Reflection for Wednesday, January 12, 2011: 1st week in Ordinary Time.
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When I started writing this reflection, my mother had just had a minor stroke but was recovering remarkably. Between then and when I finished this, she suffered a major stroke and is in ICU, paralyzed, can't speak and is looking at serious rehab for recovery. And I'm re-writing. Those of you who "follow me" on Daily Reflections, may know I've had a seriously tough time lately. My husband died last year, my dad died over the summer, and now my mom is seriously ill and debilitated. My intent for this reflection was to talk about the gospel and I'm still going to, but I think my perspective has changed in the past few days.|In the gospel, Jesus heals a seriously ill woman, then she gets up a serves him. I know gender roles were very proscribed back then, and in some ways haven't changed significantly since, but I always thought that part was pretty harsh and sort of sexist. This woman had been very ill, and as soon as she's healed, she gets up to serve the men. I think she should be allowed to rest a little and the men can serve themselves for once. I think of my own family, and all the holiday dinners the women spent in the kitchen and the men spent in the family room. And my mom spent her whole life serving her family. She stayed home with me and my sister, and then with my sister's kids. My sister and her kids live and work very near my mom's house, so everyone went there for lunch every day. My mom particularly dotes on her oldest grandson, and when he came for lunch she would bring him his plate and napkin and then refill his plate or his glass. He never had to lift a finger. And after her mild stroke a couple weeks ago, she was back to making lunch for everyone. I tried to get her to sit down, let the boy fix his own plate, but she lived to serve her family and loved cooking for us all. When I took her to the store last week she was concerned about what she could fix for lunches.|Then she had a major stroke. My sister and I have been with her in the hospital, and yesterday when they brought her lunch tray in, I fed her. And she hated that she was unable, not only to take care of herself, but also that she's unable to take care of us. When the tray came, she tried to pick up the soup bowl with her good hand, and I was so afraid she would spill hot soup all over herself. I said, "Please, Mother, let me help you." I could see that she was angry and discouraged. She hated to accept the help that she needs now. She was able to hold the milk carton and drink the milk herself through the straw - we are happy for whatever, even small improvements. I would be so happy if Jesus came into her room and healed her, and I'm sure if he did she would jump right up and make him a sandwich. But since that's not the situation we're dealing with, I'm glad I'm in town, and out of school right now so I'm able to be there with her, to take care of what she needs now, and feed her supper. She spent almost fifty years serving me (and I wasn't always an easy child to raise) and I am very glad and willing to serve her now. And I'm thinking now that the woman in the gospel perhaps did not feel put upon at all, but was grateful for the opportunity to serve her Lord.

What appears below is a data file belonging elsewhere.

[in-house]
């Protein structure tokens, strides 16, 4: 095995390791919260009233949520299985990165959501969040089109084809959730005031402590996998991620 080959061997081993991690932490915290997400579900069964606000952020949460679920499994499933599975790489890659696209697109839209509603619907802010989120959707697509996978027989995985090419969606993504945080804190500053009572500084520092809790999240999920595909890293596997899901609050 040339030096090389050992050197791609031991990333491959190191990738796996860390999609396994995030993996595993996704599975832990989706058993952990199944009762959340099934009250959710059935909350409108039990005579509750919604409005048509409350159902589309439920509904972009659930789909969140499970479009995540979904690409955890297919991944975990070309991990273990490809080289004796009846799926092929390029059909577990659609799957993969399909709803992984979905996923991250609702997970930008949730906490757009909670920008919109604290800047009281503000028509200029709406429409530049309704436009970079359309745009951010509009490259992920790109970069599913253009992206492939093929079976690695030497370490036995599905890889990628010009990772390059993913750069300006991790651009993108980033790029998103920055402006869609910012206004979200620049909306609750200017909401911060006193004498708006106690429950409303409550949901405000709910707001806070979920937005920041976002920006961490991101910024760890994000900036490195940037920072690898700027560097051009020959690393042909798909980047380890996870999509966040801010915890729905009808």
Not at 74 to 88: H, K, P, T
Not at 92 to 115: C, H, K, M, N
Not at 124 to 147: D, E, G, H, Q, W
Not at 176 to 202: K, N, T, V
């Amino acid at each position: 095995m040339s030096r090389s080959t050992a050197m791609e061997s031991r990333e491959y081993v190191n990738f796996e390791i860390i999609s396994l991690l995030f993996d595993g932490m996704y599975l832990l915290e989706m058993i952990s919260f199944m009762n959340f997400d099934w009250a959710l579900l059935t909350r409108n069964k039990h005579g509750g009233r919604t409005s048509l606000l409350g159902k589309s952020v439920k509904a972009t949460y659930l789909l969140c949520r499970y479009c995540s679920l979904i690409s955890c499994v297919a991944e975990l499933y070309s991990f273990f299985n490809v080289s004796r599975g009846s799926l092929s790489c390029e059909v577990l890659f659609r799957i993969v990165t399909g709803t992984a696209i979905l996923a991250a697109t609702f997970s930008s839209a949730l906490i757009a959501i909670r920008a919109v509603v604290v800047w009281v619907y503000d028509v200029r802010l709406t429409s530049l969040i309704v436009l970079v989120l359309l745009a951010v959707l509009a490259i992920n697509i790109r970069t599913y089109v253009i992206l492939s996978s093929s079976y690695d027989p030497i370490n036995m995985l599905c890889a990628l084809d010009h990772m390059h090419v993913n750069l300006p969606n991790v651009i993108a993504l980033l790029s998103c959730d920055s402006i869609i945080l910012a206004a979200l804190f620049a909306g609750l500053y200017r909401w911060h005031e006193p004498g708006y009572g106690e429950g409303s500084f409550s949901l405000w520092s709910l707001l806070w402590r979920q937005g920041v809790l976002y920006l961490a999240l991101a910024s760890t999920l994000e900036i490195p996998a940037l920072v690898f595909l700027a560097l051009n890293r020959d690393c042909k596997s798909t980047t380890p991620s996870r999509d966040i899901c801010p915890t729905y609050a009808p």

University Ministry, Creighton University.
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